DNS server or The Domain Name System (DNS) is a hierarchical decentralized naming system for computers, services, or any resource connected to the Internet or a private network. It associates various information with domain namesassigned to each of the participating entities. Most prominently, it translates more readily memorized domain names to the numerical IP addresses needed for the purpose of locating and identifying computer services and devices with the underlying network protocols. By providing a worldwide, distributed directory service, the Domain Name System is an essential component of the functionality of the Internet.

The Domain Name System delegates the responsibility of assigning domain names and mapping those names to Internet resources by designating authoritative name servers for each domain. Network administrators may delegate authority over sub-domains of their allocated name space to other name servers. This mechanism provides distributed and fault tolerant service and was designed to avoid a single large central database.

The Domain Name System also specifies the technical functionality of the database service that is at its core. It defines the DNS protocol, a detailed specification of the data structures and data communication exchanges used in the DNS, as part of the Internet Protocol Suite. Historically, other directory services preceding DNS were not scalable to large or global directories as they were originally based on text files, prominently the HOSTS.TXT resolver. The Domain Name System has been in use since the 1980s.  ( Wikipedia)

Environment :

hostnames and  Ip adresses

Systems  are  : Centos  7 Minimal Installation 

screenshot_20161027_195700

 

1-Setup  packages  for  Primary  DNS Server (master) 

1-1-Configure DNS  Server  (Master)

vi  /etc/named.com

[[email protected] named]# cat /etc/named.conf
//
// named.conf
//
// Provided by Red Hat bind package to configure the ISC BIND named(8) DNS
// server as a caching only nameserver (as a localhost DNS resolver only).
//
// See /usr/share/doc/bind*/sample/ for example named configuration files.
//

options {
listen-on port 53 { 127.0.0.1; 192.168.0.101;};
listen-on-v6 port 53 { ::1; };
directory “/var/named”;
dump-file “/var/named/data/cache_dump.db”;
statistics-file “/var/named/data/named_stats.txt”;
memstatistics-file “/var/named/data/named_mem_stats.txt”;
allow-query { localhost; 192.168.0.0/24;};
allow-transfer{ localhost; 192.168.0.102; }; ### Slave DNS IP ###
recursion yes;
/*
– If you are building an AUTHORITATIVE DNS server, do NOT enable recursion.
– If you are building a RECURSIVE (caching) DNS server, you need to enable
recursion.
– If your recursive DNS server has a public IP address, you MUST enable access
control to limit queries to your legitimate users. Failing to do so will
cause your server to become part of large scale DNS amplification
attacks. Implementing BCP38 within your network would greatly
reduce such attack surface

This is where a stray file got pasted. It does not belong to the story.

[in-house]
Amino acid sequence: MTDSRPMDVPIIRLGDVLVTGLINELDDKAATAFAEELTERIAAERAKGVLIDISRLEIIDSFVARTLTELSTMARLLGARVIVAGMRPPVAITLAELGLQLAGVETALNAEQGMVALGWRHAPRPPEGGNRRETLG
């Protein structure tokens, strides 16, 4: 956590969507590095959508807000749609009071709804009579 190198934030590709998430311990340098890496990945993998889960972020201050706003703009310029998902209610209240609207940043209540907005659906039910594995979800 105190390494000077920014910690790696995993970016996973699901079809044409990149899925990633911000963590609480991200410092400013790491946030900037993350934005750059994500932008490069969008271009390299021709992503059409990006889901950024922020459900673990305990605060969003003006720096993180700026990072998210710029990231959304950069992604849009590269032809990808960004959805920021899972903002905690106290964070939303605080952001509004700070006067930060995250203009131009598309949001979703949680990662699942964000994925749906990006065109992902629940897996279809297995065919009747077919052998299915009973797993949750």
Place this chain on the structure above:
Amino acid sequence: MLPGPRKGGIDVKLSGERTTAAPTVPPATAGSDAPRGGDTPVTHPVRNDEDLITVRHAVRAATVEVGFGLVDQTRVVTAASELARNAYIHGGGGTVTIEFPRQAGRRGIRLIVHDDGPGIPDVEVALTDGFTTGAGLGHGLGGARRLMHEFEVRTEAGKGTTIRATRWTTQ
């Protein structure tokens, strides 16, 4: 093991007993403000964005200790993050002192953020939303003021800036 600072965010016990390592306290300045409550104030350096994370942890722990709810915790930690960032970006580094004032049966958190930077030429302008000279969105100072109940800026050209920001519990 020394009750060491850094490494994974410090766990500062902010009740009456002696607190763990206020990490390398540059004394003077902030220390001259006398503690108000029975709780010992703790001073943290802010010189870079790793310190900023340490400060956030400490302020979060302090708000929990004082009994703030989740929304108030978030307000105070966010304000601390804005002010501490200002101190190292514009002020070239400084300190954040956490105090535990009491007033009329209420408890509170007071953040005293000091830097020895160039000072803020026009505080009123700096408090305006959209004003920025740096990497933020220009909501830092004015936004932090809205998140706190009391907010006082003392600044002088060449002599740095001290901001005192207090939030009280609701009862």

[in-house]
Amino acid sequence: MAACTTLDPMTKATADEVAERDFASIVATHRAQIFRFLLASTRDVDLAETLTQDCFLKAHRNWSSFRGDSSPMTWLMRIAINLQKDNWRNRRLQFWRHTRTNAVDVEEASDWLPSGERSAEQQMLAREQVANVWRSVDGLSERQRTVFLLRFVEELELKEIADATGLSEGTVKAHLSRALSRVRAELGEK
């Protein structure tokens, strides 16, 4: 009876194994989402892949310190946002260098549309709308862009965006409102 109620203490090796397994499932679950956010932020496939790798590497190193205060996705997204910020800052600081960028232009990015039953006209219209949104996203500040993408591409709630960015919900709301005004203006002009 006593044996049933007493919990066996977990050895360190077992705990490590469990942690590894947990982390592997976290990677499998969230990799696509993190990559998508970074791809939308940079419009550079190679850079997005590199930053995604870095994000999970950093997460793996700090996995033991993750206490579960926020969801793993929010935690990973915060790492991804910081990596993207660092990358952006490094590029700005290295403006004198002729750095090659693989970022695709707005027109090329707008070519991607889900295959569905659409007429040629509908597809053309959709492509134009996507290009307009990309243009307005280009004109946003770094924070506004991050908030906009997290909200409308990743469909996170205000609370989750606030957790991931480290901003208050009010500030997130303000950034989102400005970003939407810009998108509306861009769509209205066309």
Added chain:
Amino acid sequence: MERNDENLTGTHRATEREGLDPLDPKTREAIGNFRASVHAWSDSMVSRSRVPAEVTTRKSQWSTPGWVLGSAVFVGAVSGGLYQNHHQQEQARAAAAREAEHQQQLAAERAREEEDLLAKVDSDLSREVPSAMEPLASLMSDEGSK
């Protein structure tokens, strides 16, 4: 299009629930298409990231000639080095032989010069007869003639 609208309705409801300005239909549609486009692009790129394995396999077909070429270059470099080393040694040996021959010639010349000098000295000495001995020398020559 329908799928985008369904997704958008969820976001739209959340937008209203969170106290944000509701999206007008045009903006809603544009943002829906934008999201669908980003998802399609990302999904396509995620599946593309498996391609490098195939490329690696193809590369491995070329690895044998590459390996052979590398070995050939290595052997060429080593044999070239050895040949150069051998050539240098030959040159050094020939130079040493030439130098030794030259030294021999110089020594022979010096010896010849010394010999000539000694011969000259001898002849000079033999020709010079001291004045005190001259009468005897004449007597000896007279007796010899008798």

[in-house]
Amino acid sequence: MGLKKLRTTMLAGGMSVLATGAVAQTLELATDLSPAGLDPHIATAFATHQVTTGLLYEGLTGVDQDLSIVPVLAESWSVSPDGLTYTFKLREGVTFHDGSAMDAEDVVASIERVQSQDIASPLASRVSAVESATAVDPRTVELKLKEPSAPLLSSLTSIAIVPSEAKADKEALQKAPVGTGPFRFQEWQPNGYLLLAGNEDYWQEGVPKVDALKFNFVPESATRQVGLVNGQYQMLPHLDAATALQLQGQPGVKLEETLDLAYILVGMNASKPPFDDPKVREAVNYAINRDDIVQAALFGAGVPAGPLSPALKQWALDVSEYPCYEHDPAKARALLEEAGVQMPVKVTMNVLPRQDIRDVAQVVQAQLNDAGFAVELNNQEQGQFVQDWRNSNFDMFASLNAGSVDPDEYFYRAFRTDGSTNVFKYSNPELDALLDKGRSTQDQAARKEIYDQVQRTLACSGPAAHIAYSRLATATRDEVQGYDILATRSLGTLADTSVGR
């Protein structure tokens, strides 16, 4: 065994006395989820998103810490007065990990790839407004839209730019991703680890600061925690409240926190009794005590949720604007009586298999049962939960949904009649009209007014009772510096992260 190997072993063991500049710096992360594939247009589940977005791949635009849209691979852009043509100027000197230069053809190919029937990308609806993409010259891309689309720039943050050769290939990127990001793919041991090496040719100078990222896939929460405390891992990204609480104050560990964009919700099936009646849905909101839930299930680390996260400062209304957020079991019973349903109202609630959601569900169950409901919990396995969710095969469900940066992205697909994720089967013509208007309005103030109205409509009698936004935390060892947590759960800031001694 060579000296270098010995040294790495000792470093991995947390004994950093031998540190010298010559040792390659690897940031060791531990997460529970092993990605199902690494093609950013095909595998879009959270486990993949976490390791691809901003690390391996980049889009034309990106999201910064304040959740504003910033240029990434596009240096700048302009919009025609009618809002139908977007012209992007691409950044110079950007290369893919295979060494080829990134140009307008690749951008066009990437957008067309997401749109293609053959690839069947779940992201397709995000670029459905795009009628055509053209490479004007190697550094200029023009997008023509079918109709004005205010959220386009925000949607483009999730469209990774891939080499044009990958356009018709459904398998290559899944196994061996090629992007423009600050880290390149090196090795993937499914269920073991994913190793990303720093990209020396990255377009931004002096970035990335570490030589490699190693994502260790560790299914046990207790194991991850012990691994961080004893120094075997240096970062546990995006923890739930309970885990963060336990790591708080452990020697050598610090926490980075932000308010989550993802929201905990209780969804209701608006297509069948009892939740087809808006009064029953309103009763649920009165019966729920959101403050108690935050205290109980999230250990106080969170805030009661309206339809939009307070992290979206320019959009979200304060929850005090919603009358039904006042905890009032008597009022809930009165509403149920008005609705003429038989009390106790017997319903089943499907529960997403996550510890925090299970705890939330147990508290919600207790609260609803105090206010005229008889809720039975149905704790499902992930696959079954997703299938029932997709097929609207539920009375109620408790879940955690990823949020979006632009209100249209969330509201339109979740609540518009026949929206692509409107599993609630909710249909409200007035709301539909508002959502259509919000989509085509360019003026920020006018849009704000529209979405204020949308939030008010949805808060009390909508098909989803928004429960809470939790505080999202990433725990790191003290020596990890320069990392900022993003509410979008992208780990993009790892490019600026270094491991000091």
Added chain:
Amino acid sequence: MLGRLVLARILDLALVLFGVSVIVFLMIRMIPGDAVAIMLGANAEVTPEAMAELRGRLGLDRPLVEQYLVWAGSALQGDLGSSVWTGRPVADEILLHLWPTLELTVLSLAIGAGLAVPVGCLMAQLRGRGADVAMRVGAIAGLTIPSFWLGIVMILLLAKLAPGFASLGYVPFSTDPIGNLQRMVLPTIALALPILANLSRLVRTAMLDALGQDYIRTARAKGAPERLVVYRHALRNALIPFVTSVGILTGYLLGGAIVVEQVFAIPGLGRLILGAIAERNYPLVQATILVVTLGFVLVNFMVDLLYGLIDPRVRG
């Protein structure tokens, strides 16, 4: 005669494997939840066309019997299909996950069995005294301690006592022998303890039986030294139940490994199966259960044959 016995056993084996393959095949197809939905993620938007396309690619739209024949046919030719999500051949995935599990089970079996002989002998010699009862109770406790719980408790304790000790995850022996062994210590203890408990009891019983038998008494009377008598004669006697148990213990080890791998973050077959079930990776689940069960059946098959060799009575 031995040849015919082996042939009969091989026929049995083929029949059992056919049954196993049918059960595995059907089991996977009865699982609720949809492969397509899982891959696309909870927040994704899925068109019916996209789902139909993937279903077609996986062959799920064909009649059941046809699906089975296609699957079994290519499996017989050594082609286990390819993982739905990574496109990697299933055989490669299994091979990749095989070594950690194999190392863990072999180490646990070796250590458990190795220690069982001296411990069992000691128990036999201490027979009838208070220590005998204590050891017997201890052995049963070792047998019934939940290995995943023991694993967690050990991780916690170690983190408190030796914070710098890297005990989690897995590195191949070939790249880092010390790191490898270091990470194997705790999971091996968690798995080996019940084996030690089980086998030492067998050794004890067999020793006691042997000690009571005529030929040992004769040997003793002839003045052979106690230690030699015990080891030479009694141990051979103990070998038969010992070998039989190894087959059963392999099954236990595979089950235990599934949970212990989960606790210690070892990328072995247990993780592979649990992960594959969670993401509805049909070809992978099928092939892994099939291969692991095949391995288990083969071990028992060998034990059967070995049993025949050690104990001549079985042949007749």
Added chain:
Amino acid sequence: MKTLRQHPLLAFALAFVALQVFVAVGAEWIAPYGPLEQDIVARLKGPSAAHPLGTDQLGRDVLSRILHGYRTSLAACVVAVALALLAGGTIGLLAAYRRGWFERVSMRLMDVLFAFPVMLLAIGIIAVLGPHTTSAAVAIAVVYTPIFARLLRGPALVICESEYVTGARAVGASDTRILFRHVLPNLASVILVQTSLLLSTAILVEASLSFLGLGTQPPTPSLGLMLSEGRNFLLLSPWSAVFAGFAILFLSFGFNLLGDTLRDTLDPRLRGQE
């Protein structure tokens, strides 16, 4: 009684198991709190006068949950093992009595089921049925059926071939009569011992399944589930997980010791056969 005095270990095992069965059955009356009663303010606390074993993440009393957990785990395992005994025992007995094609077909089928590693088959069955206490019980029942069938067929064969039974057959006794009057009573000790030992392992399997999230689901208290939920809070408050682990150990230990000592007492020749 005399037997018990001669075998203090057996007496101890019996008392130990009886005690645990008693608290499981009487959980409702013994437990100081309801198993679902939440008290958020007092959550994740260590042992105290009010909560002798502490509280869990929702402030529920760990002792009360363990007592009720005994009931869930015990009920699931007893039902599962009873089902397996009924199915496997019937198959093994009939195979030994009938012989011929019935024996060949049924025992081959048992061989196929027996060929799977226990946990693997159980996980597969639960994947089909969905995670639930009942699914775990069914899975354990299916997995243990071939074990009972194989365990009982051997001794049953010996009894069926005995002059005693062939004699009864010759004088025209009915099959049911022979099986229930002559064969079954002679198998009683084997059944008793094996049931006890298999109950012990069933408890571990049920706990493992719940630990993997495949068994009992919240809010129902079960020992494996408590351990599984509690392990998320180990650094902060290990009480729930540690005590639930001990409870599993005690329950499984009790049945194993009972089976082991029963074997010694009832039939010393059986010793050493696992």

*/

dnssec-enable yes;
dnssec-validation yes;

/* Path to ISC DLV key */
bindkeys-file “/etc/named.iscdlv.key”;

managed-keys-directory “/var/named/dynamic”;

pid-file “/run/named/named.pid”;
session-keyfile “/run/named/session.key”;
};

logging {
channel default_debug {
file “data/named.run”;
severity dynamic;
};
};

zone “.” IN {
type hint;
file “named.ca”;
};
zone “jointux.local” IN {
type master;
file “forward.jointux”;
allow-update { none; };
};
zone “1.168.192.in-addr.arpa” IN {
type master;
file “reverse.jointux”;
allow-update { none; };
};

include “/etc/named.rfc1912.zones”;
include “/etc/named.root.key”;

 

1-2-Add  Zone files

We  dont need zone files,  we have already add the zone config in the named.conf

1-3-Create Forward zone

add  new  files ib /var/names/ called forward.jointux

and  the   following

screenshot_20161024_213046

1-4-Create Reverse Zone

create the  file reverse.jointux  under /var/names  with the following  code

vi  /var/named/reverse.jointux

 

screenshot_20161024_213228

1-5-Configure Ownership  and Selinux

1-6-Firewall Configuration:

1-7-Enable and start DNS service:

e) Edti    /etc/resolv.conf 

f)Restart   Network Service  to  use the  new   network settings  and  Test  DNS  server 

g)Try  Nslookup

h)Please  dont  Panic if  you    get 

g)try an  internet  nslookup

Your  Server  is  working  fine

2-Install  and Configure  Secondary(Slave) DNS Server

Install  the  needed packages bind bind-utils

 

2-1-Configure   Slave  DNS  server 

Edit file ‘/etc/named.conf’

 

2-2-Restart   DNS  Services 

If  your   Configuration is good.  two files   will be  created  automatically under  /var/named/slaves/

screenshot_20161024_221608

2-4-Set   DNS  configurations 

2-5-Restart   Network  and  Configure the  Firewall to Allow  DNS  ports 

2-6-Change  Ownership and  configure Selinux 

2-7-Now   TEST Dns Server   from the  Secondary  Server (Slave)

screenshot_20161024_230249

c)Nslookup  Jointux,local 

very  nice 🙂 !!!

3-Configure The  Centos  Client  

3-1-Please add  the  DNS  server to  your  Ethernet  card   and  restart   network 

3-2-Restart network service  and make  some test .

 3-4-Restart   Network   and make some tests 

 

New resolv.onf  file should be  generated 

Nice  results  ! 🙂 

 

 

 

 

 

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